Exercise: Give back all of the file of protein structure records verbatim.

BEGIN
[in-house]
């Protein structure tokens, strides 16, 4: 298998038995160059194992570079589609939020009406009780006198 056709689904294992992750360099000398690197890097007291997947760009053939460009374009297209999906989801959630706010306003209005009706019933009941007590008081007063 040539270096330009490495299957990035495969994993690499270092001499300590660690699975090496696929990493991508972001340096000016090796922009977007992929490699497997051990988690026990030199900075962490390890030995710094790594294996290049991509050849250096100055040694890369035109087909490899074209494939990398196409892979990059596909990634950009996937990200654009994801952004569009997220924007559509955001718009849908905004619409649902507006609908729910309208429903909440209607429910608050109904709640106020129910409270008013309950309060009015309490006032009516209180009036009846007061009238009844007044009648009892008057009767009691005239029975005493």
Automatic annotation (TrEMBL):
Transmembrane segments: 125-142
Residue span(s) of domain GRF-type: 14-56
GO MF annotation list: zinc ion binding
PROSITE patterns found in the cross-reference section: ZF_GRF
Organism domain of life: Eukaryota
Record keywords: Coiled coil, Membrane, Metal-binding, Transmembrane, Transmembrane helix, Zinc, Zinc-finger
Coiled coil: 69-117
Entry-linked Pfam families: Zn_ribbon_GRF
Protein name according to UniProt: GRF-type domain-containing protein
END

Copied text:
[in-house]
């Protein structure tokens, strides 16, 4: 298998038995160059194992570079589609939020009406009780006198 056709689904294992992750360099000398690197890097007291997947760009053939460009374009297209999906989801959630706010306003209005009706019933009941007590008081007063 040539270096330009490495299957990035495969994993690499270092001499300590660690699975090496696929990493991508972001340096000016090796922009977007992929490699497997051990988690026990030199900075962490390890030995710094790594294996290049991509050849250096100055040694890369035109087909490899074209494939990398196409892979990059596909990634950009996937990200654009994801952004569009997220924007559509955001718009849908905004619409649902507006609908729910309208429903909440209607429910608050109904709640106020129910409270008013309950309060009015309490006032009516209180009036009846007061009238009844007044009648009892008057009767009691005239029975005493």
Automatic annotation (TrEMBL):
Transmembrane segments: 125-142
Residue span(s) of domain GRF-type: 14-56
GO MF annotation list: zinc ion binding
PROSITE patterns found in the cross-reference section: ZF_GRF
Organism domain of life: Eukaryota
Record keywords: Coiled coil, Membrane, Metal-binding, Transmembrane, Transmembrane helix, Zinc, Zinc-finger
Coiled coil: 69-117
Entry-linked Pfam families: Zn_ribbon_GRF
Protein name according to UniProt: GRF-type domain-containing protein